Free-standing PHRs and Stage 2 Meaningful Use

The Emergence of External PHRs

Robert Rowley, MD
Twitter: @RRowleyMD

In the upcoming year, Electronic Health Record companies will be challenged to enhance their products in anticipation of Stage 2 Meaningful Use. Stage 2 is right around the corner, and will begin in 2014 for those who have already started their EHR usage in 2011 or 2012 (for those who start Meaningful Use later, Stage 1 will apply for the first two years, and Stage 2 will kick in on the third year of participation).

For EHR vendors, the process of becoming Stage 2 Certified takes place in 2013, so that “eligible providers” (physicians, etc.) can start using these products in 2014. That means that 2013 will see a flurry of activity among EHR vendors to flesh out their products to be Stage 2 Certified by the end of the year.

Will this be difficult? Many of the Stage 2 requirements are similar to Stage 1 – things like e-prescribing and drug interaction checking; structured problem, medication and allergies lists; and so forth. But one area where there is an increased emphasis is in the realm of patient engagement tools.

Stage 2 has 17 core measures (as opposed to Stage 1, which has 15 core measures), several of which involve patient engagement activities:

Most EHR vendors have tethered PHR portals that accomplish some of these tasks, and might only need modest modification of their product to achieve all of them. Other vendors have a much larger task to build these capabilities into their EHRs during the 2013 Stage 2 Certification period.

Generally, patient-facing PHR portals are a side-activity for EHR vendors. After all, their main focus is on building their core products, which address what physicians and other EPs need in order to function well within their offices. So where does that leave patient-facing health IT?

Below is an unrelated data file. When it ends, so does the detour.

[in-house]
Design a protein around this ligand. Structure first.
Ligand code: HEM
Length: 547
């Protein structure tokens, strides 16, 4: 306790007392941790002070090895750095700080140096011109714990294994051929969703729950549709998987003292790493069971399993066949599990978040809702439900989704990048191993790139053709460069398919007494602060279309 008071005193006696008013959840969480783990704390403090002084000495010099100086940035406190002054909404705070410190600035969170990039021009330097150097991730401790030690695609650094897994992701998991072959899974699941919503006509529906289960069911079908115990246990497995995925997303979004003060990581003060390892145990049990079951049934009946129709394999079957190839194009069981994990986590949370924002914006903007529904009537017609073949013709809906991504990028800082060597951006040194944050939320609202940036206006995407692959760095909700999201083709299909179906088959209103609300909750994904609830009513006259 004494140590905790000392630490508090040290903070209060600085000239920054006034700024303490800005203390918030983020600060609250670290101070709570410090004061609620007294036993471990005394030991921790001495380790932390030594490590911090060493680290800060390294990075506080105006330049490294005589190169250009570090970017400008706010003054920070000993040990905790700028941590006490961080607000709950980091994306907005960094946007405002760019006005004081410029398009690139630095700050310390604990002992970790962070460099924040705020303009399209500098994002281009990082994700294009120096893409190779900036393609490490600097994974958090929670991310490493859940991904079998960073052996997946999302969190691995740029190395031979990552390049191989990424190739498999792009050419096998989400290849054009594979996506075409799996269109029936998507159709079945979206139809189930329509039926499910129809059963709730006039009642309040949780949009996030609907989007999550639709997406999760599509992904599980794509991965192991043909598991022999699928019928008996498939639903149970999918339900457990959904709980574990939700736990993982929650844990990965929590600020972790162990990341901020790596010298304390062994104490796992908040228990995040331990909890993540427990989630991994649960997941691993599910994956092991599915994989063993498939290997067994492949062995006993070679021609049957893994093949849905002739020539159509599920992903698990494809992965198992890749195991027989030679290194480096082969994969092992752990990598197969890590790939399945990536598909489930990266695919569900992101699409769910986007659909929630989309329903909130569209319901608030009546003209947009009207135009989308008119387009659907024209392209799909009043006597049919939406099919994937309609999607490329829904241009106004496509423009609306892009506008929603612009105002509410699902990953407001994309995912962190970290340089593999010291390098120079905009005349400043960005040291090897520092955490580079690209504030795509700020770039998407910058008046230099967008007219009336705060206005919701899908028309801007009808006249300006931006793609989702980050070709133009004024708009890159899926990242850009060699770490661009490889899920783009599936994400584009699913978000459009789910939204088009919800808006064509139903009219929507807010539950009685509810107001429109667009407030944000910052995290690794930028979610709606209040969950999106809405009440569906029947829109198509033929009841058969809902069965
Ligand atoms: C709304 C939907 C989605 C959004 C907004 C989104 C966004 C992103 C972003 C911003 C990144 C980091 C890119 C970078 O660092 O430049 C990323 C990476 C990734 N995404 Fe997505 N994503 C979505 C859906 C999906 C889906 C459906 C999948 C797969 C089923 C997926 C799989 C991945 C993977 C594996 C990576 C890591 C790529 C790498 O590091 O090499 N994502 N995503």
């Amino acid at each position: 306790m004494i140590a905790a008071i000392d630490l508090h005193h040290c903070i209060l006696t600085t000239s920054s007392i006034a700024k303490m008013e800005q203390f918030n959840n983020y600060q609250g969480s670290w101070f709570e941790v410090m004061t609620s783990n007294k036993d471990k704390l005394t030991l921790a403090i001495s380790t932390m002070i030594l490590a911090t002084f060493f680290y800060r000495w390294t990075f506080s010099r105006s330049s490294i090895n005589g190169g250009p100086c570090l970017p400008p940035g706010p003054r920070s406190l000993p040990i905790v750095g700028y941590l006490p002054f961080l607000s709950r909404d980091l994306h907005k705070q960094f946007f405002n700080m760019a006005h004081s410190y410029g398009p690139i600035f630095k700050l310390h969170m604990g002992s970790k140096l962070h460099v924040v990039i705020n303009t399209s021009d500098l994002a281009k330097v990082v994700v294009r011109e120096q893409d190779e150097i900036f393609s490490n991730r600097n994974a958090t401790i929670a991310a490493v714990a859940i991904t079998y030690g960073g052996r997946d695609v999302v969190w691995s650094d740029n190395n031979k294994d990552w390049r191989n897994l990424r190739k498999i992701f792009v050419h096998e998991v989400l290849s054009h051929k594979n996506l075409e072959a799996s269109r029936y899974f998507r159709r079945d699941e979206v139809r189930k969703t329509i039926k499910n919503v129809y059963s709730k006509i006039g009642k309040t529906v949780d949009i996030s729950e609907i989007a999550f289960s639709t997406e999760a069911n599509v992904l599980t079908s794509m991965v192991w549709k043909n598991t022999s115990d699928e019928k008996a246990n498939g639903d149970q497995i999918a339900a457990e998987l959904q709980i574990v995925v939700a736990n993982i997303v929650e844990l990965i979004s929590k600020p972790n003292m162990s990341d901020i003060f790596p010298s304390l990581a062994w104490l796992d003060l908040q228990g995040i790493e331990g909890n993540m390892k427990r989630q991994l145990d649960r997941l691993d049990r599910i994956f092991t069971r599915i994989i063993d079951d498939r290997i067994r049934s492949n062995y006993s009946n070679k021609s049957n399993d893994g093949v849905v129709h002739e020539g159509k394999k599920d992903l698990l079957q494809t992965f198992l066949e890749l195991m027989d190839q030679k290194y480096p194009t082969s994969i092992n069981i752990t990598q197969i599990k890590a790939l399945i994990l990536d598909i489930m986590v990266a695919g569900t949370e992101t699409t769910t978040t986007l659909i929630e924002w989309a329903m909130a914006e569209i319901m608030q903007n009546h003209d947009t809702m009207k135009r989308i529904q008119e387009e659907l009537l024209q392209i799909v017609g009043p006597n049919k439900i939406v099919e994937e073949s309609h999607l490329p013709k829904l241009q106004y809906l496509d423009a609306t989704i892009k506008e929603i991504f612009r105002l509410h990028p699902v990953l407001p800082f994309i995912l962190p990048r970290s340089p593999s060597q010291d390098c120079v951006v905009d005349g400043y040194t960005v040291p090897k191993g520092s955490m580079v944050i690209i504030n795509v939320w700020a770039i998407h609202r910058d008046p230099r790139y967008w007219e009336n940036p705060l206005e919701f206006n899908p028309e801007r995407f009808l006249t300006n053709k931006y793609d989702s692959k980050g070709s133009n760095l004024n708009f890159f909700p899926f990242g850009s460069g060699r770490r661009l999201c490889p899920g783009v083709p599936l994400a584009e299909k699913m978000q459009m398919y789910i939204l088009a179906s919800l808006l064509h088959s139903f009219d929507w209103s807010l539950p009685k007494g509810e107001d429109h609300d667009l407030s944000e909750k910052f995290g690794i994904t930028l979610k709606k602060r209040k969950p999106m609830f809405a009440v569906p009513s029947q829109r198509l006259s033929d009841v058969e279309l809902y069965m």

[Related Article: Patient Engagement in Health IT the New Frontier]

The promise of external consumer-based PHRs
The patient-engagement health IT arena is starting to piece together consumer-based PHR products that are independent of the EHR-based portals that exist today. On the horizon are consumer-facing PHR products that have the ability to connect from the patient side to any EHR, and act like the fully-tethered EHR patient portals that now exist.

Such next-generation products, of course, are focused on consumer experience (rather than physician experience) and can be made into tools that can enjoy the levels of engagement that consumer health Internet sites have – measured in the millions, not thousands, of users.

It is certainly possible to build these kinds of products in ways that facilitate what Meaningful Use Stage 2 will require of EHR vendors, and of clinicians. In particular, the “view, download and transmit” requirement can be nicely addressed by linking to such external PHR products (once they are built).

By mid-2013, when Stage 2 Certification is in full swing, many EHR vendors may find themselves hard-pressed to offer a patient-facing add-on to their core technology that can satisfy some of the new requirements. However, if external PHR products are emerging into the market by that time, then collaboration with EHRs might be a very prudent way to achieve the intent of Stage 2 Meaningful Use (where it involves patient engagement).

The call is at hand for the health IT industry to evolve quickly in the PHR space, as well as the EHR space. By mid-2013, the landscape might look significantly different than it does now.

Robert Rowley is a practicing family physician and healthcare information technology consultant. From its inception through 2012, Dr. Rowley had been Practice Fusion’s Chief Medical Officer, having created the underlying technology in his own practice, and using that as the original foundation of the Practice Fusion web-based EHR. This article was first published on Dr. Rowley’s web site